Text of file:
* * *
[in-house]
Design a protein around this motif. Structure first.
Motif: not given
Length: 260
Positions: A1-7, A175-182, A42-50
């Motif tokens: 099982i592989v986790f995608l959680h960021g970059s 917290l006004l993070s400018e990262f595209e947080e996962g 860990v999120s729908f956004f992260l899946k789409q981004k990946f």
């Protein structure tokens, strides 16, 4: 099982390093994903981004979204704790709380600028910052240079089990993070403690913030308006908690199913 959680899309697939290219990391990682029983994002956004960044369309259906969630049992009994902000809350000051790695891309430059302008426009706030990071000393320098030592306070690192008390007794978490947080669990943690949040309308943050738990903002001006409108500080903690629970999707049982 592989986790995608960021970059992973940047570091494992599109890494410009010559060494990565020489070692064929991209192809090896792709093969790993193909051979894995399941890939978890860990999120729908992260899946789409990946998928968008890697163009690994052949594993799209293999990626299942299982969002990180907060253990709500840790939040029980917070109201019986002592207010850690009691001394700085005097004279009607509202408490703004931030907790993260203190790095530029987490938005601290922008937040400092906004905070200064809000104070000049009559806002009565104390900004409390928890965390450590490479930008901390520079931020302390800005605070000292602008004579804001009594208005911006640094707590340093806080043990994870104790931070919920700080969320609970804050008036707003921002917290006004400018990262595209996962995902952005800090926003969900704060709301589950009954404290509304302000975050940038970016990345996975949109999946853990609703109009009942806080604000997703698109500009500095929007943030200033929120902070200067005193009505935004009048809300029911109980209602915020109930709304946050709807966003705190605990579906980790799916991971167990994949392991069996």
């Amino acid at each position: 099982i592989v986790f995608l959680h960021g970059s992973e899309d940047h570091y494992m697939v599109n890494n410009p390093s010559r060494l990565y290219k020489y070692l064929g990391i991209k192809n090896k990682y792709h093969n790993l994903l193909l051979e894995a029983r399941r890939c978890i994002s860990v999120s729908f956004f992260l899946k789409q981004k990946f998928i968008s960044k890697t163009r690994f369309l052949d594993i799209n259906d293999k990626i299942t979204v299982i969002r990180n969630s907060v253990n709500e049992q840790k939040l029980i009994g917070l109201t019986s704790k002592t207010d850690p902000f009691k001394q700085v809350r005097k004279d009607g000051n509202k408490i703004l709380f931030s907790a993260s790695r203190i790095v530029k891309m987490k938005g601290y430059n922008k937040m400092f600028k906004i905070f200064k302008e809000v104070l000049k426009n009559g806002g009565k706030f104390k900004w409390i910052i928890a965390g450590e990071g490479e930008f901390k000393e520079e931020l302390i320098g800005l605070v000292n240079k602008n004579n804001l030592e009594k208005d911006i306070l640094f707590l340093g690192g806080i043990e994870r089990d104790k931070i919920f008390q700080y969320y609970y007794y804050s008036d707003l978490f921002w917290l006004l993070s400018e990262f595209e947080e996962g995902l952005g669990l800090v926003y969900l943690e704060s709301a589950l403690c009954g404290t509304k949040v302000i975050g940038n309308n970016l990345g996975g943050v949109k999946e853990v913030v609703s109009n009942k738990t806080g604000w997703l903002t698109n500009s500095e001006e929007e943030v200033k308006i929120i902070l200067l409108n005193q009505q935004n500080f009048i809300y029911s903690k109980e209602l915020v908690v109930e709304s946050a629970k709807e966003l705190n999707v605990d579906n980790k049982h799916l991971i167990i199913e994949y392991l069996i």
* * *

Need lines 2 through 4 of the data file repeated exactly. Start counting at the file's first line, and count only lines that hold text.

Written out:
Design a protein around this motif. Structure first.
Motif: not given
Length: 260